A new exhibit focusing on the decline of the Oakland area is set to open on November 2. “How Oakland Declined” is being touted as a sister exhibit of the popular “Designing Oakland” that ran from June 22 to September 29.
The exhibit features scenes from Oakland’s past and present, displayed to highlight how great Oakland fixtures such as the Duquesne Gardens, are now parking lots. A whole section of the exhibit is devoted to how once tree-lined beautiful streets are now overrun with trash and empty beer bottles.
Exhibit curator Jack Shopfler is enthusiastic about this new, ground-breaking exhibit on the Carnegie's neighborhood.
“Oakland used to be so cool,” explains Shopfler. “Places like The Decade had great bands, such as an early ‘80s appearance by U2. The Beehive was a bustling coffeehouse in a time before the coffeehouse was fashionable. Forbes Field hosted a historic World Series. A game at Pitt Stadium would fill Oakland almost every Saturday in the Fall. Now, look at this place.”
The idea for the new exhibit came from watching museum patrons, especially Pitt students, talk about how all the plans on display for Designing Oakland would probably never come to pass.
“I saw all that stuff on how they want to beautify Oakland,” said Pitt student Amy Rotello, “But, c’mon, we all know nothing’s going to happen. They had some great ideas for this dump, too.”
“Calling Oakland a “dump"” isn’t too far off,” Shopfler quipped. “The streets are always lined with trash – there are beer bottles and empty cans all over the place. Often on Saturday or Sunday morning, you can see vomit on the sidewalks. Oakland is really falling apart. This new exhibit will hopefully show everyone that Oakland wasn’t always a shithole.”
Support for “How Oakland Declined” is provided by the Henry Hillman Foundation and the Heinz Architectural Center.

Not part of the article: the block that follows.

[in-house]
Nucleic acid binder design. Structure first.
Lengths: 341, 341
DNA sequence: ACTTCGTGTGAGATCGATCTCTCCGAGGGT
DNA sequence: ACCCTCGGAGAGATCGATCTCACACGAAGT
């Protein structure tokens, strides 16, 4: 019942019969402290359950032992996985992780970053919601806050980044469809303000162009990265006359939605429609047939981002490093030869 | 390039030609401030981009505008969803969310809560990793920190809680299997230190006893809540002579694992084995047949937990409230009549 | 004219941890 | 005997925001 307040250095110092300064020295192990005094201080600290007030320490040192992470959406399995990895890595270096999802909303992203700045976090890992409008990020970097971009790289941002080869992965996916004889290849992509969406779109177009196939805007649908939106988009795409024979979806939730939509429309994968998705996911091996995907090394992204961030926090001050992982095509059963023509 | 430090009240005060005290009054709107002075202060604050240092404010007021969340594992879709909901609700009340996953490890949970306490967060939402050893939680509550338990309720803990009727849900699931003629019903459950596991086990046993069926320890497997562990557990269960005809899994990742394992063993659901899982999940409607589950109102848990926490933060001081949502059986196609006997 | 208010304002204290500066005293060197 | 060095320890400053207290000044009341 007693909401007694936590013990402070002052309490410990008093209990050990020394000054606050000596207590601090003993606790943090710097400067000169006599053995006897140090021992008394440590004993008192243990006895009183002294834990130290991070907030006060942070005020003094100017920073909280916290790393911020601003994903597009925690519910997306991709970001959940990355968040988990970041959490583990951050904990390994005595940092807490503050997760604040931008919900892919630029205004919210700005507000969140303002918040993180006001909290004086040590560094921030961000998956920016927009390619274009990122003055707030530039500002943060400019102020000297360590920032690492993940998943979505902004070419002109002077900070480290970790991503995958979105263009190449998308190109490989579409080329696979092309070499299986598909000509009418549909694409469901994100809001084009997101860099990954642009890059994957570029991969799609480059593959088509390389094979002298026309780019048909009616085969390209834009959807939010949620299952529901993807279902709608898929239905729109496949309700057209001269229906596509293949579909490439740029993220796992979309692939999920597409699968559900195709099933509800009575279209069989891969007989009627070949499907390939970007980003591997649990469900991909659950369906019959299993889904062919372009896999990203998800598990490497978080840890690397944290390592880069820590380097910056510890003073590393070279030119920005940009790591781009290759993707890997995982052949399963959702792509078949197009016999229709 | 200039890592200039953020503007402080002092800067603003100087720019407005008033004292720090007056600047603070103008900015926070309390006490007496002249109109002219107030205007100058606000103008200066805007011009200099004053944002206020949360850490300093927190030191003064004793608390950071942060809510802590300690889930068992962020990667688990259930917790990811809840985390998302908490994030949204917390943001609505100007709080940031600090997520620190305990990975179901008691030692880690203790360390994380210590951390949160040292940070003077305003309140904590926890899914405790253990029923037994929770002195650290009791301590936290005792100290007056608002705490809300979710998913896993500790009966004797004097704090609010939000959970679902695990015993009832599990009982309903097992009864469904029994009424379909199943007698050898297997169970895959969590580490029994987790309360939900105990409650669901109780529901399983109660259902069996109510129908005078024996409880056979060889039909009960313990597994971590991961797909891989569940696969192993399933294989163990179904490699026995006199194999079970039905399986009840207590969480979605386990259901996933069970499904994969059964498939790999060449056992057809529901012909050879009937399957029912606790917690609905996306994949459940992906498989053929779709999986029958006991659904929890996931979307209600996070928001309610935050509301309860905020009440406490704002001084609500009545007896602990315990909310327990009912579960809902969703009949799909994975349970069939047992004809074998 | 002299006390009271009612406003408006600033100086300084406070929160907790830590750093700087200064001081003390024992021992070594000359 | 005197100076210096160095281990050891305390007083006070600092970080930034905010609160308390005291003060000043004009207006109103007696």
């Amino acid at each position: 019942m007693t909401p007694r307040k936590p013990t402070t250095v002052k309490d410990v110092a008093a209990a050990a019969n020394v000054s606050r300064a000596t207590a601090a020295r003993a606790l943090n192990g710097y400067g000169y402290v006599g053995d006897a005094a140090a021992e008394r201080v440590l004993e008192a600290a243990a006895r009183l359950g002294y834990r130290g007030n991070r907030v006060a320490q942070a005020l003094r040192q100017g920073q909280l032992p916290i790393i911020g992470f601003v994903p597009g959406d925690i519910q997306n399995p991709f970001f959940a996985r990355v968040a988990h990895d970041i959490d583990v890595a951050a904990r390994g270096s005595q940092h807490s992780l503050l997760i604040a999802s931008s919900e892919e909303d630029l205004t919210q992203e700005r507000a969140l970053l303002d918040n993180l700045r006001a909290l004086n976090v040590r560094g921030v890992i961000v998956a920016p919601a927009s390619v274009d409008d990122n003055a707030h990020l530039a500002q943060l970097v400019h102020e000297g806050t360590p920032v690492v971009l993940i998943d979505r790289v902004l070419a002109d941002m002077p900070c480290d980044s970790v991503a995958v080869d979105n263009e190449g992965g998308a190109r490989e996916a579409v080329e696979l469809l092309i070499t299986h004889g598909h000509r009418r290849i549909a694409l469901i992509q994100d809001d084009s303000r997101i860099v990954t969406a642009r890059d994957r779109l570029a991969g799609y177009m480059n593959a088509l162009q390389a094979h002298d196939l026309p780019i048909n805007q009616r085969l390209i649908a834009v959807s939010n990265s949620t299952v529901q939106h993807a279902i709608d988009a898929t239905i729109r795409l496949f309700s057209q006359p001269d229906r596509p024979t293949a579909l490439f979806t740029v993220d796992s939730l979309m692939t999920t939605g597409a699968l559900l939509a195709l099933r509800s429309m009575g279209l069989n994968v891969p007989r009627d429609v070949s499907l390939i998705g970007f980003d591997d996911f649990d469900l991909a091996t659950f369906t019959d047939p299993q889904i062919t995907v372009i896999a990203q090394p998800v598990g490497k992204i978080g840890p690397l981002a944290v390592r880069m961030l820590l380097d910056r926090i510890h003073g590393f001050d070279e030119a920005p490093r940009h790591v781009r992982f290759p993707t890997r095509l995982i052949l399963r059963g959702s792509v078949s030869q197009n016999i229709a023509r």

I Love the Strip
- by Sala Udin, Pittsburgh City Councilman - District 6
Man, I love the Strip. Where else in Pittsburgh can you get fresh seafood, meat, and vegetables, a mean fish sandwich, and tons of Steelers merchandise right down the street from all the great night clubs?
The clubs in the Strip are always happening. We got Rosebud, M, Area 51, Whiskey Dick's, Club Millennium, the “boardwalk,” hell, even BAR’s OK sometimes. These clubs bring a much needed scene to the city of Pittsburgh, a scene which has a prominent role in keeping young people in Pittsburgh. There are different clubs for every kind of person – rock and roll, techno, house, trance, drum and bass, you name it we got it.
In the Strip District there is something for every type of person – black, white, Asian, Mexican, doesn’t matter what you are or where you come from. The Strip has something for you. I love it here!
I Love to Strip!
- by Mandy "Star" Peters, Stripper - Bare Elegance
Man, I love to strip! At first, I really hated it – I hated men ogling over my trim body and large medically-enhanced boobs. But then I realized: why did I spend $15,000 on tits if I wasn't going to show them off? Hell yeah! And in three weeks of stripping, I made the money back.
I’ve been stripping for three years and made enough money that I started CMU Engineering last fall. I know enough about physics to know that this bod might look great now, but hello entropy! It’s not going to last. Plus, stripping has the greatest hours – I can go to classes all day, do my homework, study, and then I go to the club around 10 or so and dance for about 2 hours, then I’m home and in bed by 1 a.m.! It’s great! And if I do a private party, I’ll make a ton of money – I usually try to get parties around midterms and finals so that I can take the week off to study.
What a great job! I love stripping!
Blawnox native and Pitt junior Donny Lewsheski is not the kind of guy to get on your bad side. Just ask the residents of 367 Atwood Street. Last weekend, they hosted a “kick-ass kegger” and resident Bill Jones invited Lewsheski to come over and “peep the scene.”